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Comprehensive Glossary of the Most Frequently Used VR Terms

    Not everyone is on the same page with VR terms. While some acronyms and words are intuitive, others are more obscure and require some explanations. Thus, we prepared for you this glossary which, we hope, will help you understand 100% of the information we share in our articles.

    How We Prepared the Glossary of VR Terms

    We compiled a list of frequently used terms that are most likely to appear in:

    • VR head-mounted display specifications;
    • Game descriptions;
    • Articles about VR technology ;
    • Instructions for setting up your computer for VR experiences.

    Without any further introduction, let’s get started.

    VR Terms

    Aspect Ratio

    The aspect ratio of an image represents the ratio of the width to its height. It is represented by two numbers separated by a colon, for instance 4:3, 16:9, etc.

    Avatar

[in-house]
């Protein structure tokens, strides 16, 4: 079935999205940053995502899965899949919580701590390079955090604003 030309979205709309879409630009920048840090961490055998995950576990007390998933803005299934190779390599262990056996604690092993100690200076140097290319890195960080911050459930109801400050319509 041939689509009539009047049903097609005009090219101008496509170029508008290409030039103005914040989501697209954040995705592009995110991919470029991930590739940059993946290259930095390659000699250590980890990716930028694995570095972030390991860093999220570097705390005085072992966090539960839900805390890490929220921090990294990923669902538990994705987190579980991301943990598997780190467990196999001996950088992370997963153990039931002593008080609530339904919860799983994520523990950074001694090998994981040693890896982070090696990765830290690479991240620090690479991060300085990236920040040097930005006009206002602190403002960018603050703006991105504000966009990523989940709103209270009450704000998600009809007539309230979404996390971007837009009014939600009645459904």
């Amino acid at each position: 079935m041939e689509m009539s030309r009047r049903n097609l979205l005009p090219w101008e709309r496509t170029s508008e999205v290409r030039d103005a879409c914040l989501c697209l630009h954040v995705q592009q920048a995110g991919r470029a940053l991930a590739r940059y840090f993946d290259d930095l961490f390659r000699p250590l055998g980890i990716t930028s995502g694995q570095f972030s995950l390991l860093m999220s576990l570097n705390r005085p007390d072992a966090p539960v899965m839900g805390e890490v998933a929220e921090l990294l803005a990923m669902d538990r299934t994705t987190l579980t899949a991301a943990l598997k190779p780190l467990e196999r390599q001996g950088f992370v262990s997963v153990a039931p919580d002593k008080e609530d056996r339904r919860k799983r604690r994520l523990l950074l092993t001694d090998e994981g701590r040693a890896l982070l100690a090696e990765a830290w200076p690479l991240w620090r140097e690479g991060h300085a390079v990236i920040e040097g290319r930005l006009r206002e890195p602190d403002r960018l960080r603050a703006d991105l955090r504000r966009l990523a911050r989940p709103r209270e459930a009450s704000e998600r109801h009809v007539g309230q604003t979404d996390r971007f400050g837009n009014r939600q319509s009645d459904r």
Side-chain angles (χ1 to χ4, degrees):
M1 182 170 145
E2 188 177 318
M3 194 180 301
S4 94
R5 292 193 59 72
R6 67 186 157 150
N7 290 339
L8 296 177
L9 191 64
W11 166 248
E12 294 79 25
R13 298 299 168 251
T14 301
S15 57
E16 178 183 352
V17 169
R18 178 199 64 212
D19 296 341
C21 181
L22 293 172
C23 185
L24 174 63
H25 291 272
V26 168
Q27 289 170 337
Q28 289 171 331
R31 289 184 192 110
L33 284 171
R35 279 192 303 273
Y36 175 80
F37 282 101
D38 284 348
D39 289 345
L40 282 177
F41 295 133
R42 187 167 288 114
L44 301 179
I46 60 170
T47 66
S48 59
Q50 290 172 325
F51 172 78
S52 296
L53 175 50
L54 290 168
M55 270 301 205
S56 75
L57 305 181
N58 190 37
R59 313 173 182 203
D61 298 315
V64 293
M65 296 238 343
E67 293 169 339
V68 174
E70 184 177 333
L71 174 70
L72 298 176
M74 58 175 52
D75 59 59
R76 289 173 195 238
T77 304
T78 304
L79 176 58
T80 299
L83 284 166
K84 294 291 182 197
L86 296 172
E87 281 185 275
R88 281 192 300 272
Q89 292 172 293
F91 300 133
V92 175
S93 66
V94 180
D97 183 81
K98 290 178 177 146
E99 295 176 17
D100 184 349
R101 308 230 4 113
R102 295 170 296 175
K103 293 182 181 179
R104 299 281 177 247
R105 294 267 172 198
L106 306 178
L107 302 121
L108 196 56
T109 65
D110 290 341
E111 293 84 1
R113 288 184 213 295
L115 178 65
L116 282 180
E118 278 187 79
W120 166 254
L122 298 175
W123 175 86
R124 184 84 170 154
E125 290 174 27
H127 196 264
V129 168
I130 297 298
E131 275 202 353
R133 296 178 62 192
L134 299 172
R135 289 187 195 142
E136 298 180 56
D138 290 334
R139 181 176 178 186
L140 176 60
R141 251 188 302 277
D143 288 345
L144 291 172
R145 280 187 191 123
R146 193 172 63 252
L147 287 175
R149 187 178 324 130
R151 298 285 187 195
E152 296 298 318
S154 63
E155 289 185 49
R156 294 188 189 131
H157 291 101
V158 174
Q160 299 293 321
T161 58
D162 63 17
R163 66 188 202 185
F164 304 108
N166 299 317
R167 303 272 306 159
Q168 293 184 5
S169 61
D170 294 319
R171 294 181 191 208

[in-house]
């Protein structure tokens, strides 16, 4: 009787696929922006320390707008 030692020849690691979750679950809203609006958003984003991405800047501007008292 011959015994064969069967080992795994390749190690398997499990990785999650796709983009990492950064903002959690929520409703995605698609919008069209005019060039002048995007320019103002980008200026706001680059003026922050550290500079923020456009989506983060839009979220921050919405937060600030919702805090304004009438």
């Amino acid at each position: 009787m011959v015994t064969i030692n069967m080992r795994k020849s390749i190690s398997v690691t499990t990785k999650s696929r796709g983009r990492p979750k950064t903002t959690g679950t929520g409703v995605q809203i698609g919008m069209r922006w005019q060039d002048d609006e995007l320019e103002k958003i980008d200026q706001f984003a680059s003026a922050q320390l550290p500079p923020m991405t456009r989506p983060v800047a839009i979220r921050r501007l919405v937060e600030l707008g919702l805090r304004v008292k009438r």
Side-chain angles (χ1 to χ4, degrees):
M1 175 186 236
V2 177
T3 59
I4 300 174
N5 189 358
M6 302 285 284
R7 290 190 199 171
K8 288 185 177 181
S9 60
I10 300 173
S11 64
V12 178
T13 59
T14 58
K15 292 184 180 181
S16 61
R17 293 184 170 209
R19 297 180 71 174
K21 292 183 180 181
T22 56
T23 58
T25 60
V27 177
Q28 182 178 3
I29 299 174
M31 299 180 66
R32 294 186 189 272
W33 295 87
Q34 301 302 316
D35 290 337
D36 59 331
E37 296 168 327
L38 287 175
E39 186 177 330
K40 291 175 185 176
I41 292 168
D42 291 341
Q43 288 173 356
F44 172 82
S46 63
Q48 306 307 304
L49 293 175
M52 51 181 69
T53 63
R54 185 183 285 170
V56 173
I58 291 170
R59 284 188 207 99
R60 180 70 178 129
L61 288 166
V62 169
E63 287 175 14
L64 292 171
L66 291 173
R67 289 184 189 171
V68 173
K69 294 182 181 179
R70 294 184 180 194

This is one of the VR terms you will most likely find in games, but also in enterprise software suites. An avatar is the 3D representation of the user in the virtual world. For instance, the game character you use to play is your avatar.

    Cave Automatic Virtual Environment (CAVE)

    This is a virtual reality environment, delimited by 3 to 6 walls. To create the VR environment, projectors display the elements of the world on the walls. The user controls the elements of a CAVE with their movements.

    Google Cardboard Was a Side Project. The Google Cardboard platform was developed by David Coz and Damien Henry. The two engineers developed the project as part of Google’s”innovation time off” program in which engineers are encouraged to spend 20 percent of their time working on projects that interest them. Thankfully, Google backed the project, and Google Cardboard is now one of the cornerstones of scalable virtual reality.

    Computer-Based Headset

    A computer-based headset is wearable hardware which the user puts over the head, connected to a computer that runs the VR software and sends the audio/visual information to the headset.

    Degrees of Freedom (DoF)

    The DoF represents the various degrees of movement of an object in a virtual environment. In VR, users have two levels of degrees of freedom. 3DoF allows tracking of rotational movement, i.e. pitch, yaw, and roll. More specifically, that means users can turn the head left or right, tilt it up or down, or pivot left and right.